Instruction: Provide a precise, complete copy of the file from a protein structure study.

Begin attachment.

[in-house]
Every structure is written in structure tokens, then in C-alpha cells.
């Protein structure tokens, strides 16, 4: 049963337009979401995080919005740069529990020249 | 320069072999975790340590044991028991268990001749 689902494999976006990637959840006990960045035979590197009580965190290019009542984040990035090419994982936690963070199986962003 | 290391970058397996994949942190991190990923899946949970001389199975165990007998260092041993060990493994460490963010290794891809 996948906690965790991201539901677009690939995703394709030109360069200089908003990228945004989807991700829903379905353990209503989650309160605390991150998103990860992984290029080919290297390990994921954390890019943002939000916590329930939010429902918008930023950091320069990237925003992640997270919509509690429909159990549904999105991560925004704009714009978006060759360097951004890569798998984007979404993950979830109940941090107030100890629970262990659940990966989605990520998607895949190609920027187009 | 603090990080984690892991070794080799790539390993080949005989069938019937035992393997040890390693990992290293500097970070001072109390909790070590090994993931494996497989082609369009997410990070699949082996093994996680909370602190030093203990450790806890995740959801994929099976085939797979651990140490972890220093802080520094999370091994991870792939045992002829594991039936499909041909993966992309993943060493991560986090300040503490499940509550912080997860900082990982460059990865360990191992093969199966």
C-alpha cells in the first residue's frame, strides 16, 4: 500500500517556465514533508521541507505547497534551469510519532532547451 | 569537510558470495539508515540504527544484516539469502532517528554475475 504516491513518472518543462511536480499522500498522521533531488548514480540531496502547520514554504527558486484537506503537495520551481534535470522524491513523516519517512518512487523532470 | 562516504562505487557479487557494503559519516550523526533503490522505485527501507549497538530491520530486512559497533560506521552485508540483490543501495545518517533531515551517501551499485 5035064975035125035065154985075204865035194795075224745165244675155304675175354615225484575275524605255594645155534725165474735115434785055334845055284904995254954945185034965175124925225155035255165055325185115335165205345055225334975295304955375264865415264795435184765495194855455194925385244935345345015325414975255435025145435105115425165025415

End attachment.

[in-house]
Every structure is written in structure tokens, then in C-alpha cells.
């Protein structure tokens, strides 16, 4: 049963337009979401995080919005740069529990020249 | 320069072999975790340590044991028991268990001749 689902494999976006990637959840006990960045035979590197009580965190290019009542984040990035090419994982936690963070199986962003 | 290391970058397996994949942190991190990923899946949970001389199975165990007998260092041993060990493994460490963010290794891809 996948906690965790991201539901677009690939995703394709030109360069200089908003990228945004989807991700829903379905353990209503989650309160605390991150998103990860992984290029080919290297390990994921954390890019943002939000916590329930939010429902918008930023950091320069990237925003992640997270919509509690429909159990549904999105991560925004704009714009978006060759360097951004890569798998984007979404993950979830109940941090107030100890629970262990659940990966989605990520998607895949190609920027187009 | 603090990080984690892991070794080799790539390993080949005989069938019937035992393997040890390693990992290293500097970070001072109390909790070590090994993931494996497989082609369009997410990070699949082996093994996680909370602190030093203990450790806890995740959801994929099976085939797979651990140490972890220093802080520094999370091994991870792939045992002829594991039936499909041909993966992309993943060493991560986090300040503490499940509550912080997860900082990982460059990865360990191992093969199966």
C-alpha cells in the first residue's frame, strides 16, 4: 500500500517556465514533508521541507505547497534551469510519532532547451 | 569537510558470495539508515540504527544484516539469502532517528554475475 504516491513518472518543462511536480499522500498522521533531488548514480540531496502547520514554504527558486484537506503537495520551481534535470522524491513523516519517512518512487523532470 | 562516504562505487557479487557494503559519516550523526533503490522505485527501507549497538530491520530486512559497533560506521552485508540483490543501495545518517533531515551517501551499485 5035064975035125035065154985075204865035194795075224745165244675155304675175354615225484575275524605255594645155534725165474735115434785055334845055284904995254954945185034965175124925225155035255165055325185115335165205345055225334975295304955375264865415264795435184765495194855455194925385244935345345015325414975255435025145435105115425165025415